Portrait of Richard for Julia Kay’s Portrait Party

Richard for JKPP, Gouache, 7.5x6 inches

Richard for JKPP, Gouache, 7.5×6 inches

I really tried to focus on two things with this portrait, getting the drawing right and keeping the gouache colors light (gouache dries darker). For once I managed to keep a tilted head tilted in my drawing–for some reason my brain always wants to make everything upright and symmetrical. It doesn’t surprise me since I learned that the image that comes in from our eyes is upside down and it’s our brains that convert it to right-side up. My brain definitely has a mind of its own…oh wait a minute–it is my mind!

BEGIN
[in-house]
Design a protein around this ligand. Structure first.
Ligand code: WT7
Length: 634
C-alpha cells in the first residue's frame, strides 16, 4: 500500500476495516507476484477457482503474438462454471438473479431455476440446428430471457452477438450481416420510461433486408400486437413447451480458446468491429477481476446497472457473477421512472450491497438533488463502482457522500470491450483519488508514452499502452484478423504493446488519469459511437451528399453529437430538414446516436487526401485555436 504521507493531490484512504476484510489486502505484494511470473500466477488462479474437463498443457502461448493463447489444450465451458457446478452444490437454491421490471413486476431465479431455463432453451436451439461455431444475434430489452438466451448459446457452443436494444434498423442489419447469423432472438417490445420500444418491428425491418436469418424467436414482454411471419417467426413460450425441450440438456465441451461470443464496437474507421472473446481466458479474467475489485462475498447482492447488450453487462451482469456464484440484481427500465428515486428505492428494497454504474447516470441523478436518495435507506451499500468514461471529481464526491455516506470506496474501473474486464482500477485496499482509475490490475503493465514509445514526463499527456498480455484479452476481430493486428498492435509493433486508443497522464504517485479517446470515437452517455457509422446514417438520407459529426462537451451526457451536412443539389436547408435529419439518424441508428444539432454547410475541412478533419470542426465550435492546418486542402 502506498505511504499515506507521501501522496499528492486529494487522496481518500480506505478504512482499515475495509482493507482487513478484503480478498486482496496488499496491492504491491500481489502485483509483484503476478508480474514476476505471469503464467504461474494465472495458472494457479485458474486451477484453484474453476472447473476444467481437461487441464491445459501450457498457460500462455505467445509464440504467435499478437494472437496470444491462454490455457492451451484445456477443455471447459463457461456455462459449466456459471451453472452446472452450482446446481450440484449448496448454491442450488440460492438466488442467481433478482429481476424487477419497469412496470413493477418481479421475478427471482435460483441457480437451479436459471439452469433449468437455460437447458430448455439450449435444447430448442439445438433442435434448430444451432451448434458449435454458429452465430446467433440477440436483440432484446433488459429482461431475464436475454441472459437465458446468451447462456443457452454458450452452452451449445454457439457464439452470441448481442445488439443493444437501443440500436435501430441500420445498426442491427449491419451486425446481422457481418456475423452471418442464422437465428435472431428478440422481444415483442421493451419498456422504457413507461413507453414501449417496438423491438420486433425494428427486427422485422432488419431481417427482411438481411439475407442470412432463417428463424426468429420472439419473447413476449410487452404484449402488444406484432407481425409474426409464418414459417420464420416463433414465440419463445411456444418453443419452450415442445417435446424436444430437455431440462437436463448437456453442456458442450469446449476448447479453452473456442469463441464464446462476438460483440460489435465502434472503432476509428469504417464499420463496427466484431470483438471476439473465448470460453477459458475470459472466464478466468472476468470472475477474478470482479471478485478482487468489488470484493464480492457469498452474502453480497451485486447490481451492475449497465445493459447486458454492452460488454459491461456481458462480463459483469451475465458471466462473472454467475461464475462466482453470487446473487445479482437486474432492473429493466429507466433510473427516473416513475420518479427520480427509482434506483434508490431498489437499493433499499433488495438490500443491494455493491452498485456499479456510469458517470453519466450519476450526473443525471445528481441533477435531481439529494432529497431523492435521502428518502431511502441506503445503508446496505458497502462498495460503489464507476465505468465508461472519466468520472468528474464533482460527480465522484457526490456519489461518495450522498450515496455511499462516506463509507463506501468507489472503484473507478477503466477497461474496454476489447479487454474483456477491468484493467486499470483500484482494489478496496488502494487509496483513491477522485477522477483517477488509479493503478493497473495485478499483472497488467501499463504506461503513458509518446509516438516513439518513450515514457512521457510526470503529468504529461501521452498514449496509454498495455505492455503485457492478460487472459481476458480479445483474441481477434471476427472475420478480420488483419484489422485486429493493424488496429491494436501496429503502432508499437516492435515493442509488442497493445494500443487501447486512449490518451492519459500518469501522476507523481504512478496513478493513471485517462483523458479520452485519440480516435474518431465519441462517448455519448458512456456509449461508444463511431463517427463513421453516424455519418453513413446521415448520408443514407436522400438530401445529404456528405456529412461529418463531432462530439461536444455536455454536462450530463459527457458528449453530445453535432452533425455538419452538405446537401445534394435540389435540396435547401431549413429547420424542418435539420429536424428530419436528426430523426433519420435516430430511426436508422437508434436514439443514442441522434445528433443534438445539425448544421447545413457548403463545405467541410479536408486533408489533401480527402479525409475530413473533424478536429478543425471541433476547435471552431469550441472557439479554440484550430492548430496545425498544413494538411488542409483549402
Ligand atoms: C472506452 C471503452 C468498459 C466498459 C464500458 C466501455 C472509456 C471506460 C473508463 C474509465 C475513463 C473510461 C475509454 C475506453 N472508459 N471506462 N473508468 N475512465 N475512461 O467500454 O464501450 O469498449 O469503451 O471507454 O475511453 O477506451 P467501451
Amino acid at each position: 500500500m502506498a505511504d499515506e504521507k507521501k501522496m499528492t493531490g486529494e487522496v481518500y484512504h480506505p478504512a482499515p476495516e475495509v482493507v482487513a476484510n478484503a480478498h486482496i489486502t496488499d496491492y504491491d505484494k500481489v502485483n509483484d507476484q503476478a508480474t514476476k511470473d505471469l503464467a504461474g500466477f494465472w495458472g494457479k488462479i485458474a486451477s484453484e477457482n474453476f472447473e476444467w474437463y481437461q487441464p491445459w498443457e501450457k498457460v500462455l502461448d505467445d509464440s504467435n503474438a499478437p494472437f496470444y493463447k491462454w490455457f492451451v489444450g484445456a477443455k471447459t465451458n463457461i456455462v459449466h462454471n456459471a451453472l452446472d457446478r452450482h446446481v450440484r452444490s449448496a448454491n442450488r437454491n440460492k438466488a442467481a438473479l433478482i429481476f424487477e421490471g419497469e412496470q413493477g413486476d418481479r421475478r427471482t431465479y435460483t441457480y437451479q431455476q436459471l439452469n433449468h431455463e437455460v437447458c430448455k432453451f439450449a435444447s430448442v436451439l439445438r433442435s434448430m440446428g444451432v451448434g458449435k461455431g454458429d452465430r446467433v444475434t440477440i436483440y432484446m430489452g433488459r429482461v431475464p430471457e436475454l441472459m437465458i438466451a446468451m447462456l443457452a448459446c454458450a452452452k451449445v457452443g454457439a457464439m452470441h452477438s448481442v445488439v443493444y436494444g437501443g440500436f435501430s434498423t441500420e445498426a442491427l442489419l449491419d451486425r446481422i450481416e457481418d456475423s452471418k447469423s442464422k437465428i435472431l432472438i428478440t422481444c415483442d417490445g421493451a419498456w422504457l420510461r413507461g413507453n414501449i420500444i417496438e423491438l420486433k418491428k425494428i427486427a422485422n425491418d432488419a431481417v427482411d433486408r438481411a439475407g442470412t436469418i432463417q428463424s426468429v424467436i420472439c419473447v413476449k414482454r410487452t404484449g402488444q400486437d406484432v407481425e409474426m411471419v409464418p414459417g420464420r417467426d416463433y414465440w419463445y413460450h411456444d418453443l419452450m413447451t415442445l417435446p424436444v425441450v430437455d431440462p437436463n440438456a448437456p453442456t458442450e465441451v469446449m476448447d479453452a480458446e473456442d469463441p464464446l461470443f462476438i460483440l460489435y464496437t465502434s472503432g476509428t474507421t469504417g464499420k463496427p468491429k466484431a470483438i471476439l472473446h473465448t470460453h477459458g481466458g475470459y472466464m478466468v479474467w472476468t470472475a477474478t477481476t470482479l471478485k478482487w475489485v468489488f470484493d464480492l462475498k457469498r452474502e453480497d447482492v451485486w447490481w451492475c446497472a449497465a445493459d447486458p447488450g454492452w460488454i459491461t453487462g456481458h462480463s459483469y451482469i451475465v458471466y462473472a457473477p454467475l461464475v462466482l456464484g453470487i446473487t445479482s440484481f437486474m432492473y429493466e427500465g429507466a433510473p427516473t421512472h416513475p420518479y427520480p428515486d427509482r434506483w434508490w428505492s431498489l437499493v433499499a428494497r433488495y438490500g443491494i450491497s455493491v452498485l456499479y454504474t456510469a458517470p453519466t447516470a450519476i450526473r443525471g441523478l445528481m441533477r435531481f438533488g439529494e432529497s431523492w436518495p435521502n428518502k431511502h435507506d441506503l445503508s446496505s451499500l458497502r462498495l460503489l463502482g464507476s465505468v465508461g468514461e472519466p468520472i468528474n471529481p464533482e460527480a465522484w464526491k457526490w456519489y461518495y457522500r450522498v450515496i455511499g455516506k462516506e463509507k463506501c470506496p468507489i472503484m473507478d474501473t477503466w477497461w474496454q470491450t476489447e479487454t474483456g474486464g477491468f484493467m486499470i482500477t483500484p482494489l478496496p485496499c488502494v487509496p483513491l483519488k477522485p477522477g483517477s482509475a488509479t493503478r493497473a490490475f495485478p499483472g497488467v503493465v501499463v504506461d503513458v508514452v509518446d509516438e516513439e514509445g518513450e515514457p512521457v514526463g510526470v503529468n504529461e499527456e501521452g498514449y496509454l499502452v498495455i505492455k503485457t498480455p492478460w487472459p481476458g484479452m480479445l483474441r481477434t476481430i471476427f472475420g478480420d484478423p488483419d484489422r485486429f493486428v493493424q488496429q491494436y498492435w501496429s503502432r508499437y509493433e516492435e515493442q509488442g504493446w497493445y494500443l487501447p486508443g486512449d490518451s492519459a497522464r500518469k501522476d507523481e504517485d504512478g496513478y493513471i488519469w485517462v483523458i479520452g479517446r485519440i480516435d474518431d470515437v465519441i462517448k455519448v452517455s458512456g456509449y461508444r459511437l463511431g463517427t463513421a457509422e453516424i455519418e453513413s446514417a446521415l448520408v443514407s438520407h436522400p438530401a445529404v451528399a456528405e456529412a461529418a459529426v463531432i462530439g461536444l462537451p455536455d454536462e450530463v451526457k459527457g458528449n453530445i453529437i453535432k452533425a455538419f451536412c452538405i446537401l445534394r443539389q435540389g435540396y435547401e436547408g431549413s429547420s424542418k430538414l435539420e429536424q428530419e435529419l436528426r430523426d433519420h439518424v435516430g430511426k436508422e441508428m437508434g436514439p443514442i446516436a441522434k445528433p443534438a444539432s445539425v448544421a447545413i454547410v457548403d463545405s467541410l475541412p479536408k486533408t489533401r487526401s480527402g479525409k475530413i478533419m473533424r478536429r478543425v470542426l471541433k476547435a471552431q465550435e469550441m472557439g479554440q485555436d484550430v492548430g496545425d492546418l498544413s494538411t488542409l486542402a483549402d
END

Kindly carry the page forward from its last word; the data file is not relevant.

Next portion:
Below is the original pencil drawing over which I painted the gouache. I wish I could show you the photo I worked from, but I think those are only meant to be visible to members of Julia Kay’s Portrait Party, which you can apply to join on Flickr and play too, if you want to.

Richard for JKPP, Graphite, 7.5x6 inches

Richard for JKPP, Graphite, 7.5×6 inches

Painting with Gouache: Color Charts, Zorn Palette, Brush Tests

Zorn Palette color chart in gouache, 10x8 inches in A4 Moleskine

Zorn Palette color chart in gouache, 10×8 inches in A4 Moleskine

In trying to learn more about gouache I made a few color charts. I’m using mostly M. Graham gouache which I like much better than the Winsor & Newton and Schmincke I used before. The Graham gouache is creamy and brilliant, rewets well and doesn’t smell (like the W&N). I found that using fresh-squeezed gouache is more fun to work with than rewetting dried paint, but frugality keeps me trying to reuse dried. The best solution is to set up a palette for each session, squeezing out tiny blobs, adding more as needed.